DXVK, the excellent project that Valve has been funding has a fresh brew out to continue the exciting progress made.
For those just joining us or newer followers: DXVK is a "Vulkan-based translation layer for Direct3D 10/11 which allows running 3D applications on Linux using Wine". It's what helps make Valve's Steam Play run your games that do not have Linux support.
Developer Philip Rebohle sure has been busy, with plenty of interesting stuff making it into this release. To make up DXVK 0.95 it comes with these improvements as the main ingredients:
- Minor reduction of CPU overhead.
- If available, the "multiDrawIndirect" Vulkan feature will be used to batch indirect draw calls. Improves performance in Assassin's Creed Odyssey by up to 20% when CPU-bound. May improve other games with similar engine design.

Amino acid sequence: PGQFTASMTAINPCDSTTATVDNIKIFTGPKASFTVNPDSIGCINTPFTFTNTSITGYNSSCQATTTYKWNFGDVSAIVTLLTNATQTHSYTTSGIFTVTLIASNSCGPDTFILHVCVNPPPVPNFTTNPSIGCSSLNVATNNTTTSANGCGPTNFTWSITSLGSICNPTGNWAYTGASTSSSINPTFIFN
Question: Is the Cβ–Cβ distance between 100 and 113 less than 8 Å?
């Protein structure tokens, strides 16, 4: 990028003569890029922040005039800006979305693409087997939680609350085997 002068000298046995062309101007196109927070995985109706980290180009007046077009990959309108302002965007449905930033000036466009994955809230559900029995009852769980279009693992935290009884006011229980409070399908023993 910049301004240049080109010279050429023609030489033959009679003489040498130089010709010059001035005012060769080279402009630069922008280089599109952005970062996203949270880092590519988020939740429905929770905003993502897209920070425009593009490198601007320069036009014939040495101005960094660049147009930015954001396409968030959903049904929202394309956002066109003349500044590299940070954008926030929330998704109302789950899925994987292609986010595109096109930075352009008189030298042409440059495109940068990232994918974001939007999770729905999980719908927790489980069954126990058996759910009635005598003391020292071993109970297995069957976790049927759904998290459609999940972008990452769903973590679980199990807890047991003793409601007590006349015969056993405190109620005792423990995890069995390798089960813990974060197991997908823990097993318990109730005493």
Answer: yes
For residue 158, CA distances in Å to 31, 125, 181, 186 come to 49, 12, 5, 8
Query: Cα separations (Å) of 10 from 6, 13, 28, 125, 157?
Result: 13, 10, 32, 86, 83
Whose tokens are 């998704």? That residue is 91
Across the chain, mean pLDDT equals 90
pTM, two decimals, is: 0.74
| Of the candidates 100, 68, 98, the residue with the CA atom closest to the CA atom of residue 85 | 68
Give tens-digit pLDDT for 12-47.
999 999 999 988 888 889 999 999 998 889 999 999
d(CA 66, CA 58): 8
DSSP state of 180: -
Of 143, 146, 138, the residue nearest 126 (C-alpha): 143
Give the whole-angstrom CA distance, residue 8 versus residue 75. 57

- "DXVK_HUD=full" can now be set to enable all HUD elements (#842)
It's always great to see more performance work being done, every single percentage increase will make it a more attractive option for gamers looking at Linux.
Add in a healthy dose of bug fixes for 0.95:
- Fixed various D3D10 stability issues (see PR #833, #843). May improve stability in Just Cause 2.
- Call of Duty: WWII and Need for Speed 2015: Fixed startup issues on Nvidia (#850, #832)
- Fifa 19: Work around game bug causing grass to be black (#642)
- Resident Evil 2 Demo: Fixed crash on start. Note that the game may render incorrectly due to a game bug (#855).
- Superhot VR: Fixed regression causing game to crash on start
No idea when this will make it into the next release of Proton for Valve's Steam Play, hopefully the first update to Steam Play this year will include it.
For those using DXVK outside of Steam Play, another well-deserved shout out to Lutris to help with that.
See more on the official DXVK GitHub page.